Under the ideals of manifest destiny, the European colonizers began to expand towards the western coast of the United States during the 19th century. The one thing that stood in their way from their ‘God given right’ to travel westward was the fact that this desired land had already been populated by Native Americans long before. One area of interest to these expansionists was the Black Hills, located in the southwest corner of South Dakota. Here, the Lakota Sioux people had a special relationship with Mother Earth, even going as far as saying the Black Hills are “the heart of everything that is” (Corbin 1). “In Lakota belief, life is a circle, from birth to death to birth again. Accordingly, the Black Hills are a circle, too—an impression reinforced by the conspicuous loop of red soil and rock that neatly circumscribes the region…Symmetry, balance, seamlessness—these are the essential components of Lakota metaphysics, on earth as it is in heaven…The Lakota are the Black Hills. To separate one from the other would break the circle, cut the heart from the body” (Taliaferro 27). Nevertheless, the United States military fought the Lakota people for the land, but the US was defeated by the strength of the Natives lead by Crazy Horse (Mills 1). The Untied States government recognized this and signed the 1851 Treaty of Fort Laramie with the Lakota people, which stated that these 60 million acres belonged to the tribe (Corbin 1). In the years following this, colonizers began to invade the Black Hills again, but this time in search for gold—a direct violation of the conditions of the treaty. “Settlers were aware that the Black Hills were aware that the Black Hills were sacred, considered the womb of Mother Earth and the location of ceremonies, vision quests, and burials. Initially, the newcomers accepted the fact that the Hills belonged to the Lakota—until gold was discovered” (Corbin 1). The following video describes the gold rush, specific events surrounding it, as well as the impact it had on both the colonists and the Indigenous People: Gold in the Black Hills. Eventually, General George Armstrong Custer was sent into the land by the US government in 1874 to investigate the rumors about the presence of gold (Wolff 1). When he confirmed this, Congress quickly created a new treaty in 1877, which officially took away the Lakota Sioux’s rights to the land (Corbin 1). This trend of the unjust stripping of land on behalf of the US government is apparent, but more importantly we frequently see the government suppressing the rights and beliefs of American Indians.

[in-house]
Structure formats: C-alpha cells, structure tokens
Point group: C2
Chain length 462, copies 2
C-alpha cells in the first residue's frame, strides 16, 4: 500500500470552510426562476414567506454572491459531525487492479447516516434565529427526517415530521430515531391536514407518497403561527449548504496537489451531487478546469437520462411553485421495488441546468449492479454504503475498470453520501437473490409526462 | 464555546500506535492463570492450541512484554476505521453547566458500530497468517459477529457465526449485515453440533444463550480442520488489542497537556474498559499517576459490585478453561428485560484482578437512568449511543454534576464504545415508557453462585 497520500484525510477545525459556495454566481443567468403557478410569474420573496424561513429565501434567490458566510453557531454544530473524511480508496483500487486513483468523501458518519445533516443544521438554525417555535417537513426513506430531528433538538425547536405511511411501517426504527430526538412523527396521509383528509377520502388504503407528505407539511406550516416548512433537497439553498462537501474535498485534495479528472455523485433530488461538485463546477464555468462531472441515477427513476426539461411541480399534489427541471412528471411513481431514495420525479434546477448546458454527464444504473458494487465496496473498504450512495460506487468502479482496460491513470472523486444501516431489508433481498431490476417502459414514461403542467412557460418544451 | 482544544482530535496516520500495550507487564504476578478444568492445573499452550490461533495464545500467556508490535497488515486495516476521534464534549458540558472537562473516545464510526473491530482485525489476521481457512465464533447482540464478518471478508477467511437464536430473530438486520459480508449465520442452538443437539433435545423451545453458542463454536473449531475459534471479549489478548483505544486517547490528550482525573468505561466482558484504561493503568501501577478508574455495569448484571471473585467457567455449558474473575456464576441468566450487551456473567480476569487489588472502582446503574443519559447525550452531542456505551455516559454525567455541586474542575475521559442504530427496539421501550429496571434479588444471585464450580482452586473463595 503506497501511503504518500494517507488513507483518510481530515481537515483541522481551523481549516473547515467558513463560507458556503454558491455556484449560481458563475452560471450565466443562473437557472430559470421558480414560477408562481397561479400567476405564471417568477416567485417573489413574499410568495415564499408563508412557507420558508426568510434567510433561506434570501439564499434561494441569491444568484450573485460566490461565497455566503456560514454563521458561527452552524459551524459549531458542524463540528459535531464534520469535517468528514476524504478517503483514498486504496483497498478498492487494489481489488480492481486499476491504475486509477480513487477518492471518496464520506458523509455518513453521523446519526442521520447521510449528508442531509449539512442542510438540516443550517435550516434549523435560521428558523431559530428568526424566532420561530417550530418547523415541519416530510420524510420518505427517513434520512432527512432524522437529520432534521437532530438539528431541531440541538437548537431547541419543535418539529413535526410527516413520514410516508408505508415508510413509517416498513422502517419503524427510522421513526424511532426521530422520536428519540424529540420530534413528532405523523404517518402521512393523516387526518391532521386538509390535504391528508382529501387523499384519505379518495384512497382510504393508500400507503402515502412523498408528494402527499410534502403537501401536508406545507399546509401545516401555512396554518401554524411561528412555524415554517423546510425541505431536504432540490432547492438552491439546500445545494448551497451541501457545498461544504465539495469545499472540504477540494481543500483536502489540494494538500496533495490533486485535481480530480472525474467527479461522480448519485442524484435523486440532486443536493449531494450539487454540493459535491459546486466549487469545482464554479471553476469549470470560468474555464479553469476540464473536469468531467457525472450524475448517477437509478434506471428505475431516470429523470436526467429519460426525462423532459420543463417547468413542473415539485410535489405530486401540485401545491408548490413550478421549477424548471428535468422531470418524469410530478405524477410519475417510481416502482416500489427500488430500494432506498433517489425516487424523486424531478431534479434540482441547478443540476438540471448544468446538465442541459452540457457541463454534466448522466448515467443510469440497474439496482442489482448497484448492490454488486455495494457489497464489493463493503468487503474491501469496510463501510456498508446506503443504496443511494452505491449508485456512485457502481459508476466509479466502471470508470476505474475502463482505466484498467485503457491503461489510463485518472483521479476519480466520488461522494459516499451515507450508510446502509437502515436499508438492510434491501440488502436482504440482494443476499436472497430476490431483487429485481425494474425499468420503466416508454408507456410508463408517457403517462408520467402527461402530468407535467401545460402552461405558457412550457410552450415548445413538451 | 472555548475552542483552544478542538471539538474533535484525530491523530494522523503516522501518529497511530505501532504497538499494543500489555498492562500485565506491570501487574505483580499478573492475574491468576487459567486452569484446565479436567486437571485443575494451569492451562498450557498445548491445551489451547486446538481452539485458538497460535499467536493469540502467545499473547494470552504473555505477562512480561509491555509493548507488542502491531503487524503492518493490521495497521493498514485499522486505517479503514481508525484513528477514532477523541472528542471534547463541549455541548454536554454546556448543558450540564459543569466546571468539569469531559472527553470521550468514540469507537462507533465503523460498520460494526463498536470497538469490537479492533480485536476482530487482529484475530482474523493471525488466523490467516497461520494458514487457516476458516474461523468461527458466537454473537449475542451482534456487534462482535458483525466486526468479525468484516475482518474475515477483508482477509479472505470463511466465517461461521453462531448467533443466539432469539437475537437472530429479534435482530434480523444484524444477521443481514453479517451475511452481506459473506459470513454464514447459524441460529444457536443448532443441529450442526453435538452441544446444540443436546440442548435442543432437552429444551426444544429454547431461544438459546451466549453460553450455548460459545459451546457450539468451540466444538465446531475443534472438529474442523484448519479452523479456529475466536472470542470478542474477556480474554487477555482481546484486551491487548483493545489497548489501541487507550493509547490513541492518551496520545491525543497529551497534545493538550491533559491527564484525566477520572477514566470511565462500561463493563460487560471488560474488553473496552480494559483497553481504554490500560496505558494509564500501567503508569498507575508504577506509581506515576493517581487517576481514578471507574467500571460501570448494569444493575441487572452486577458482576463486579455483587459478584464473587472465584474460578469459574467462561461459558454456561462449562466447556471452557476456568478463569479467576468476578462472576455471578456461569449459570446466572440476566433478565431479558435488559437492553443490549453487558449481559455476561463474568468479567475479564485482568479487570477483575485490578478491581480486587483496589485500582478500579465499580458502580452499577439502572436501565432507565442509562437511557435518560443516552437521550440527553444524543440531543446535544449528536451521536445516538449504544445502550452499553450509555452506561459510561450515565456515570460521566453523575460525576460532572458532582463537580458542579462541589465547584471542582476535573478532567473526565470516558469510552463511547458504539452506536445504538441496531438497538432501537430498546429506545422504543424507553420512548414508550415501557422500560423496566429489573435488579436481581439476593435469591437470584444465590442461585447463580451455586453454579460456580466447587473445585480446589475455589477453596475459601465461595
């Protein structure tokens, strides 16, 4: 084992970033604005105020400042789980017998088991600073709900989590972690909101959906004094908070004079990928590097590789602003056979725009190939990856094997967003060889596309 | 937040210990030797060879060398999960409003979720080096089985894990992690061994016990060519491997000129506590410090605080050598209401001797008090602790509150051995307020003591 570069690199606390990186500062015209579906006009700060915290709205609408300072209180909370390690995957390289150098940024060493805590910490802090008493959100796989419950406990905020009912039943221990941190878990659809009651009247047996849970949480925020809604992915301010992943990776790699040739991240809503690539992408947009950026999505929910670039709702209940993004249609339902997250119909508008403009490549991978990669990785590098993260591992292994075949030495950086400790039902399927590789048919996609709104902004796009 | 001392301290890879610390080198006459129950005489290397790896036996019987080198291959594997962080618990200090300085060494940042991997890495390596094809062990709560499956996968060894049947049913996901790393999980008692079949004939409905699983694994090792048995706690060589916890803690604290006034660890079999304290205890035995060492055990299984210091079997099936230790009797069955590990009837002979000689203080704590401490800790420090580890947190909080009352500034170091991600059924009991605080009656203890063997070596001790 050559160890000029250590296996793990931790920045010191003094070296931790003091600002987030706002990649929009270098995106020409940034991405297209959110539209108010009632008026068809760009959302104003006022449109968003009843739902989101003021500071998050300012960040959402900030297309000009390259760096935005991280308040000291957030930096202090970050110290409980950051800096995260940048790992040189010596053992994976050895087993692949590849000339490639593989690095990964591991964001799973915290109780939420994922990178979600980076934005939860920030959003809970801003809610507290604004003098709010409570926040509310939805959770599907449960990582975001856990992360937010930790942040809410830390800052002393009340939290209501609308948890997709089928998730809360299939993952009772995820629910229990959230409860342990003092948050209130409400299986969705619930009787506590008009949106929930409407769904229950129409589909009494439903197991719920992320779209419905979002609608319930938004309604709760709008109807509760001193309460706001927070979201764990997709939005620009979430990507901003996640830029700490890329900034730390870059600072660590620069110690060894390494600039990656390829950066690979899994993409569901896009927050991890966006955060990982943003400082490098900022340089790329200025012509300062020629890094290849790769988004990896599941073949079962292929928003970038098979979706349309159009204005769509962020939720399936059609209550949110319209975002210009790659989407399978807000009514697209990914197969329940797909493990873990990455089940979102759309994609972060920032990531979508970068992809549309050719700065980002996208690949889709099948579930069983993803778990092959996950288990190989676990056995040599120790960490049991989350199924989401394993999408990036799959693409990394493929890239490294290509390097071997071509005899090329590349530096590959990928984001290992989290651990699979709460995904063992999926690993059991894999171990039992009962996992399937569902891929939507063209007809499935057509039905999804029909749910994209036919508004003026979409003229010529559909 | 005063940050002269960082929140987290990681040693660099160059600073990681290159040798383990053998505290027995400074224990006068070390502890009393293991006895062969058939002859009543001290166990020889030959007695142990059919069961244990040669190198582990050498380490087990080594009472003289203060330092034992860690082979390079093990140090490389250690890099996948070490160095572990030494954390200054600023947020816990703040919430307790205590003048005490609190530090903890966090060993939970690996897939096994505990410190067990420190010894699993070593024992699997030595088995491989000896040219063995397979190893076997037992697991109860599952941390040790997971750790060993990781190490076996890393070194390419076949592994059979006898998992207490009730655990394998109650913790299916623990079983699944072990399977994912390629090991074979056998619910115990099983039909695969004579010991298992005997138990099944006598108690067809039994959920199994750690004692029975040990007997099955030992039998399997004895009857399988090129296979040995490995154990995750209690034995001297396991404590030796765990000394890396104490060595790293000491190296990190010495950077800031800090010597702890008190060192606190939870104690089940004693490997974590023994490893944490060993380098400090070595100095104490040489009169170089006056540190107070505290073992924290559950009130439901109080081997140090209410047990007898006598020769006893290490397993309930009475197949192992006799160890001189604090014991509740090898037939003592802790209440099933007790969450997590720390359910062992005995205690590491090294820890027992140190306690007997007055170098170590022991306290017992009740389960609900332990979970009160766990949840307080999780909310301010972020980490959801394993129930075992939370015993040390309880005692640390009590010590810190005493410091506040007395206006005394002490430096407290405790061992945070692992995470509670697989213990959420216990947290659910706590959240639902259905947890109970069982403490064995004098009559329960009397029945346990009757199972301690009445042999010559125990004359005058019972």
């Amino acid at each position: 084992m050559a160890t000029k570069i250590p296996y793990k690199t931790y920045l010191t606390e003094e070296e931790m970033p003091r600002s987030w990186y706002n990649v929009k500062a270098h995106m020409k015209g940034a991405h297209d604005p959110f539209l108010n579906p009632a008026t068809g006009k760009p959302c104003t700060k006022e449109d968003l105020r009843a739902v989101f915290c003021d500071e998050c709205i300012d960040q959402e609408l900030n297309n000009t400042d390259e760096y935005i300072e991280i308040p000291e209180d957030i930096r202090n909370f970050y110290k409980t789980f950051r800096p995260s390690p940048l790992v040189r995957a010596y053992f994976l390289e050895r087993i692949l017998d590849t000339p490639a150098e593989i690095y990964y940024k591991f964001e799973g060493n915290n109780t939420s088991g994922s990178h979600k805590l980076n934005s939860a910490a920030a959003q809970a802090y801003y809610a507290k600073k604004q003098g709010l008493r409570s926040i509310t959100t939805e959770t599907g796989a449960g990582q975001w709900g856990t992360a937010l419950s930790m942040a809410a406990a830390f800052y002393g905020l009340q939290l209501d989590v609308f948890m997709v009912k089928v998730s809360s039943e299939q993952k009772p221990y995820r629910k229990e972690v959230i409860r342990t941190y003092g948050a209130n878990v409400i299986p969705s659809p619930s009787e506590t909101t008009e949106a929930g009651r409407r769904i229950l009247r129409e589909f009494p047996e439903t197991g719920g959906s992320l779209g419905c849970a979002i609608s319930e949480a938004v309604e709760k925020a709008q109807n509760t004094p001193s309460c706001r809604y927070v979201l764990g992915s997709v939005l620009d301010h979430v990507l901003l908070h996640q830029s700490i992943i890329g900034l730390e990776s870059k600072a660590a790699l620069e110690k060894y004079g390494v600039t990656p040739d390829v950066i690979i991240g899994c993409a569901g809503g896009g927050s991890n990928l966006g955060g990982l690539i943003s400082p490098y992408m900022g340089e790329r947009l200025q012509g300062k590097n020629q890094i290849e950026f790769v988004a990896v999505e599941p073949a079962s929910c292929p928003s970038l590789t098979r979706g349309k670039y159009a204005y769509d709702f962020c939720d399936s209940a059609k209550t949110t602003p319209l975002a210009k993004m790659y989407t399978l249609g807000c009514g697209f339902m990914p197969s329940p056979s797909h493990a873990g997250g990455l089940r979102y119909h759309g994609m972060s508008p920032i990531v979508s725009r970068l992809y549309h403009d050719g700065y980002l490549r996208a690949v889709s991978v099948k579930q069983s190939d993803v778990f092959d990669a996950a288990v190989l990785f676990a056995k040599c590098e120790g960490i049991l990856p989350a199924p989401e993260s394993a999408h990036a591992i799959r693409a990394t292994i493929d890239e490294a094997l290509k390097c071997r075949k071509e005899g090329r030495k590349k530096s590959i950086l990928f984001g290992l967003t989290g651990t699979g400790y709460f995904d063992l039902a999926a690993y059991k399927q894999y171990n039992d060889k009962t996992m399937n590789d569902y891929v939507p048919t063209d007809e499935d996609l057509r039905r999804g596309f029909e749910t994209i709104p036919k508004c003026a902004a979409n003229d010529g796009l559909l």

In 1927, construction began in the Black Hills on the project of carving the faces of four notable US presidents—George Washington, Thomas Jefferson, Abraham Lincoln, and Theodore Roosevelt—into the southeastern side of Mount Rushmore (Mount Rushmore 1). Known as the ‘Shrine of Democracy,’ the national monument “symbolizes all that is fine and noble in America, joining the Liberty Bell and Statue of Liberty as the nation’s most luminescent beacons of democracy” (Taliaferro 2).